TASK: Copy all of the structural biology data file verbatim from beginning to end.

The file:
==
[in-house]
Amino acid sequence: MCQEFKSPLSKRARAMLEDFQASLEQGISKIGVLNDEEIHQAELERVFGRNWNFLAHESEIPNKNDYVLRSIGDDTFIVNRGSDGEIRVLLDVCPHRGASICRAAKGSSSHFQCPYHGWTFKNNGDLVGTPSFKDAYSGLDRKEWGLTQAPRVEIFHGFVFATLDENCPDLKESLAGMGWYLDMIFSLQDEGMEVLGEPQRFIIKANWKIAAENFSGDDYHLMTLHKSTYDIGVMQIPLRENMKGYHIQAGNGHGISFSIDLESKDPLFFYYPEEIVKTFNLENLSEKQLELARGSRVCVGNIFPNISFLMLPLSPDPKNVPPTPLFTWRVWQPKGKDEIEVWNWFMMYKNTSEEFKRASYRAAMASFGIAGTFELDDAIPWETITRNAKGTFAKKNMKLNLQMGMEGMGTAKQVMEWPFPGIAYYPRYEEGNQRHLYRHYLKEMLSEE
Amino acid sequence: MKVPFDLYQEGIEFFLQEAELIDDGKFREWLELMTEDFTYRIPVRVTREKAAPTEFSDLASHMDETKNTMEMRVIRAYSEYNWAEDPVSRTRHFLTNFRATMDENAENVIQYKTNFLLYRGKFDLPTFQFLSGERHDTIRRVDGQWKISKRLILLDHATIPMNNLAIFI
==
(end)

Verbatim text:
[in-house]
Amino acid sequence: MCQEFKSPLSKRARAMLEDFQASLEQGISKIGVLNDEEIHQAELERVFGRNWNFLAHESEIPNKNDYVLRSIGDDTFIVNRGSDGEIRVLLDVCPHRGASICRAAKGSSSHFQCPYHGWTFKNNGDLVGTPSFKDAYSGLDRKEWGLTQAPRVEIFHGFVFATLDENCPDLKESLAGMGWYLDMIFSLQDEGMEVLGEPQRFIIKANWKIAAENFSGDDYHLMTLHKSTYDIGVMQIPLRENMKGYHIQAGNGHGISFSIDLESKDPLFFYYPEEIVKTFNLENLSEKQLELARGSRVCVGNIFPNISFLMLPLSPDPKNVPPTPLFTWRVWQPKGKDEIEVWNWFMMYKNTSEEFKRASYRAAMASFGIAGTFELDDAIPWETITRNAKGTFAKKNMKLNLQMGMEGMGTAKQVMEWPFPGIAYYPRYEEGNQRHLYRHYLKEMLSEE
Amino acid sequence: MKVPFDLYQEGIEFFLQEAELIDDGKFREWLELMTEDFTYRIPVRVTREKAAPTEFSDLASHMDETKNTMEMRVIRAYSEYNWAEDPVSRTRHFLTNFRATMDENAENVIQYKTNFLLYRGKFDLPTFQFLSGERHDTIRRVDGQWKISKRLILLDHATIPMNNLAIFI